Retail Industry Trends: Omnichannel Shopping Experiences

Lightspeed HQ
Sep 16, 2019 · 5 min read

Originally published on Lightspeed Blog.

Omnichannel retail has gone from buzzword to being part of any good retail strategy and so it should. After all, our needs as shoppers change frequently. The channels that we buy through are incredibly varied from the store to online to mobile to social media and more.

But that doesn’t mean that we want our experience to be.

What is Omnichannel retail?

Most retailers already operate multiple channels. They have a website. They might have a store. Or they may have a mobile app and various social media feeds. They could even have a chatbot or a voice experience.

A joined-up approach

Omnichannel retail is all about bringing together the touchpoints and channels that you use to interact with customers and use them to offer a consistent experience.

Omnichannel is a guarantee that you’ll be wherever your customer is-and that they’ll have the same quality of experience.

If that sounds difficult to achieve, bear in mind that every retailer, big or small, can benefit from becoming an omnichannel business.

Multichannel vs Omnichannel

Multichannel retail is a term that’s often confused with Omnichannel. However, there is a key difference between the two of them: omnichannel focuses on centralizing the experience and keeping things seamless.

While both multichannel and omnichannel offer products or services across different channels or platforms, the goal of omnichannel is to offer a consistent and interconnected service. When it comes to multichannel, a store owner could offer to sell products from its store and website, but this process wouldn’t be centralized. Each channel would function independently of the other.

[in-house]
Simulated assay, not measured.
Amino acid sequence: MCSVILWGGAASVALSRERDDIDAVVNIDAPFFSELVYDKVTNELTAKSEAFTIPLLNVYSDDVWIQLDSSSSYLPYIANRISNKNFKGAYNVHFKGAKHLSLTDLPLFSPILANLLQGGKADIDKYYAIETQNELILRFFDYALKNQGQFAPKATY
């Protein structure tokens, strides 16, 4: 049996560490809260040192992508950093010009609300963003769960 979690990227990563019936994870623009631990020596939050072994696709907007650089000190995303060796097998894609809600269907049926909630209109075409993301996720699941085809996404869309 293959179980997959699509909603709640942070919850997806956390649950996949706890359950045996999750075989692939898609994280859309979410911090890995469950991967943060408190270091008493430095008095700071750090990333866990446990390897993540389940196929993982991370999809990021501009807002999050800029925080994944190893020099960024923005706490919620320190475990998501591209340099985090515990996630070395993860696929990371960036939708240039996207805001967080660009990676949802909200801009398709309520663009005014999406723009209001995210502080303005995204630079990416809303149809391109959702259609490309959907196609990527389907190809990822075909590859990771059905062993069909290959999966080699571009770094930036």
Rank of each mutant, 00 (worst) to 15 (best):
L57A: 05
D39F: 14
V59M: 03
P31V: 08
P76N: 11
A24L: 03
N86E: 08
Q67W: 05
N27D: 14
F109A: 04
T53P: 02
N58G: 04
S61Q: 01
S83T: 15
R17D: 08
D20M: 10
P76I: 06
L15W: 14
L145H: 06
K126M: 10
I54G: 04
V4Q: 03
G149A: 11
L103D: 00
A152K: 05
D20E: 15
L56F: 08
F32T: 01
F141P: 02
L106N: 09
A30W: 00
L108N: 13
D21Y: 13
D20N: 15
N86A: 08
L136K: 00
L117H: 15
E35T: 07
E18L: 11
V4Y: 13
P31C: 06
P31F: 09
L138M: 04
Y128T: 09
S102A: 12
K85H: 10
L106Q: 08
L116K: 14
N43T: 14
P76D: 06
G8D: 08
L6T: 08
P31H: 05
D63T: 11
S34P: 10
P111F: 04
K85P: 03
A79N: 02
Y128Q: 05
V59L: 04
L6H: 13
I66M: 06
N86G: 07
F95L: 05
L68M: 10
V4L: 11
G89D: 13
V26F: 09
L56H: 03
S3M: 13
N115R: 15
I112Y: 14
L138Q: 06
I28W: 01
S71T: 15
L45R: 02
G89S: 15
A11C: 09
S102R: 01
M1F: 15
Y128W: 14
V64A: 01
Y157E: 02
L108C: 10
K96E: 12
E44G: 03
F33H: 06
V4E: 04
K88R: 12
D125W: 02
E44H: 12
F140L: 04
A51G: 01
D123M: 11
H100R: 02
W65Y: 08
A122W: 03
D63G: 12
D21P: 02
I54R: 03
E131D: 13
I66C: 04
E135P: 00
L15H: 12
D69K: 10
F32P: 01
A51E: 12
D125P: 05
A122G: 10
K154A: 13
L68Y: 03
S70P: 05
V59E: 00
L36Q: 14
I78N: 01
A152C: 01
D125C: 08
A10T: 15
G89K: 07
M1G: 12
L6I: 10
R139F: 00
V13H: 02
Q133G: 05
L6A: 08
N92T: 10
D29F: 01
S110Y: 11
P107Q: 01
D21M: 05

Omnichannel, on the other hand, offers a centralized experience where the boundaries of store and website or any other channel become more blurred in order to offer a more consistent and seamless experience to the customer.

Let’s see what this means with the following scenario:

You order a pair of pants online from a store and when you try them on they don’t fit. You want to return them.

Multichannel: You decide you want to return it at their physical store since you live close to it, but since you bought online, you can only ship it back.

Omnichannel: You decide to return a pair of pants you bought online. You’re able to return it anywhere, either by shipping it back or to any of their stores.

Omnichannel truly makes the shopping experience feel unified by allowing shoppers to navigate their different channels with ease.

Omnichannel in action

Let’s take a look at some examples of how omnichannel can take your business to new heights.

Retail giant Nike is a brand making great strides in omnichannel. The Nike app connects seamlessly with its physical stores enabling customers to check stock and sizing. They can book a fitting room and stock it with items of their choice. The app also gives users loyalty rewards and experiences. It’s even used as a method of delivery for new product drops that use geolocation, AR and more to offer interactive experiences.

Image credit: Exclucity

By integrating their physical stores, social media and website, Lightspeed customer Exclucity is able to unify their experience. They make the most of social channels by displaying user-generated content from Instagram on its website. Customers can also buy products directly from tagged content on Instagram which makes the step from inspiration to purchase seamless.

When you connect up and play to the strengths of your different channels, you can create truly effective retail experiences. Your business becomes an ecosystem with all of the touchpoints interconnected and feeding one another.

Practical omnichannel strategies

While something as high-tech as Nike’s set-up might not be possible for all, there are things you can do to bring omnichannel’s benefits to even the smallest retail business.

Marketing applications